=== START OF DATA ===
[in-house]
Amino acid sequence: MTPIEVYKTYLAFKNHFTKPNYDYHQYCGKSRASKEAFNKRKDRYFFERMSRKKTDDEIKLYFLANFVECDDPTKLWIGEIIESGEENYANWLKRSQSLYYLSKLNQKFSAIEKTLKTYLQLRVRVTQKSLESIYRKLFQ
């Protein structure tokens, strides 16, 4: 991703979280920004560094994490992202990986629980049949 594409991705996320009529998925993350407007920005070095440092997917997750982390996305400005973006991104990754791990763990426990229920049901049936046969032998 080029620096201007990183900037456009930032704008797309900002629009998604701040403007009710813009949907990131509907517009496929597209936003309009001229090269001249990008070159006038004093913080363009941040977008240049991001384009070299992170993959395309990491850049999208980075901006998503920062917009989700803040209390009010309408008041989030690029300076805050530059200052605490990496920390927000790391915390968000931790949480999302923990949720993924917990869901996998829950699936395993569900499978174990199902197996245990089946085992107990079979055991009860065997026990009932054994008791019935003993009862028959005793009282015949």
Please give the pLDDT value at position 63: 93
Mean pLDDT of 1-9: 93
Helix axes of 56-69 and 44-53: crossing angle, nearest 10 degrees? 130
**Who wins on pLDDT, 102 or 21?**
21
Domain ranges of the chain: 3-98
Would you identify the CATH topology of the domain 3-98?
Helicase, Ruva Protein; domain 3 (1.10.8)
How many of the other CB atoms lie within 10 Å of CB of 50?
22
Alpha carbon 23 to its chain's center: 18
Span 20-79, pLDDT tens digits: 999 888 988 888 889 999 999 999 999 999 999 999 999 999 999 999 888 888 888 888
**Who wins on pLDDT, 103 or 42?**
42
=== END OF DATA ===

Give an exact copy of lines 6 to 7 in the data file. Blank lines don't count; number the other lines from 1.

Helix axes of 56-69 and 44-53: crossing angle, nearest 10 degrees? 130
**Who wins on pLDDT, 102 or 21?**